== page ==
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Budapest Treaty

General information about the Budapest Treaty

The WIPO‑administered Budapest Treaty on the International Recognition of the Deposit of Microorganisms for the Purposes of Patent Procedure plays an important role in the field of biotechnological inventions.  Where an invention involves a microorganism or other biological material (hereinafter referred to as “microorganism”), or the use of it which is not available to the public, it may not be sufficient to provide only a written disclosure of it – it is also necessary, in numerous countries, to deposit a sample of the microorganism with a specialized institution.

The Budapest Treaty facilitates this process by eliminating the need to deposit such a sample in each country in which patent protection is sought.  It provides that a deposit with any International Depositary Authority (IDA) would be sufficient for the purposes of patent procedures before national patent Offices of all Contracting States of the Treaty, as well as before any regional patent Office that recognizes the effects of the Treaty.  In the case of PCT applications, information about the deposit would also need to be included in the application. The Treaty therefore offers applicants an efficient, streamlined and cost‑effective means of meeting the disclosure requirements associated with patenting inventions involving microorganisms.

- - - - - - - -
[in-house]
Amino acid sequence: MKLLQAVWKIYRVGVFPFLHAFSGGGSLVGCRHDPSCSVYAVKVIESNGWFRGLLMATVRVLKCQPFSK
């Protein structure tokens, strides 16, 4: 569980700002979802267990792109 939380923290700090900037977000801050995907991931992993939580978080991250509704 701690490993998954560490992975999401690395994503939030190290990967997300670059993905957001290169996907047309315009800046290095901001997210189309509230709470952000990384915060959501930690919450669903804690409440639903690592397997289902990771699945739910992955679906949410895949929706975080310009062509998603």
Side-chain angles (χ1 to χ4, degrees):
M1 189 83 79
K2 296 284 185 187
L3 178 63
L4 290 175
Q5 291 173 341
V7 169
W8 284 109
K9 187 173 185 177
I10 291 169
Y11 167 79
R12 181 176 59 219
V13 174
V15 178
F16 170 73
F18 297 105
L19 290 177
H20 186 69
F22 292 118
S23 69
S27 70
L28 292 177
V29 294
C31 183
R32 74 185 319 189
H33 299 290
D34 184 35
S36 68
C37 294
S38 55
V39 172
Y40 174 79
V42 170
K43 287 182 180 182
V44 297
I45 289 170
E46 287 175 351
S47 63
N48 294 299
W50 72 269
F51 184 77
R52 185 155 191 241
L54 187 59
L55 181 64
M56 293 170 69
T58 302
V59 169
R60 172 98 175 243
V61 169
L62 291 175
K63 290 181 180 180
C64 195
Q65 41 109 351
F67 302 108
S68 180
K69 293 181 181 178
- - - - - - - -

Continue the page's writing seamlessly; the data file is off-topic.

More information about the Budapest Treaty is available at:

2016 Statistics on the Budapest Treaty

In 2016, the total number of deposits made since the year in which the Budapest Treaty became operational (1981) passed the milestone of 100,000, and there are currently a total of 80 Contracting States of the Budapest Treaty and 46 IDAs.

Detailed statistics relating to deposits and samples furnished under the Budapest Treaty in 2016, which are based on replies received from 40 IDAs, are now available (under “Microorganism statistics”) at:

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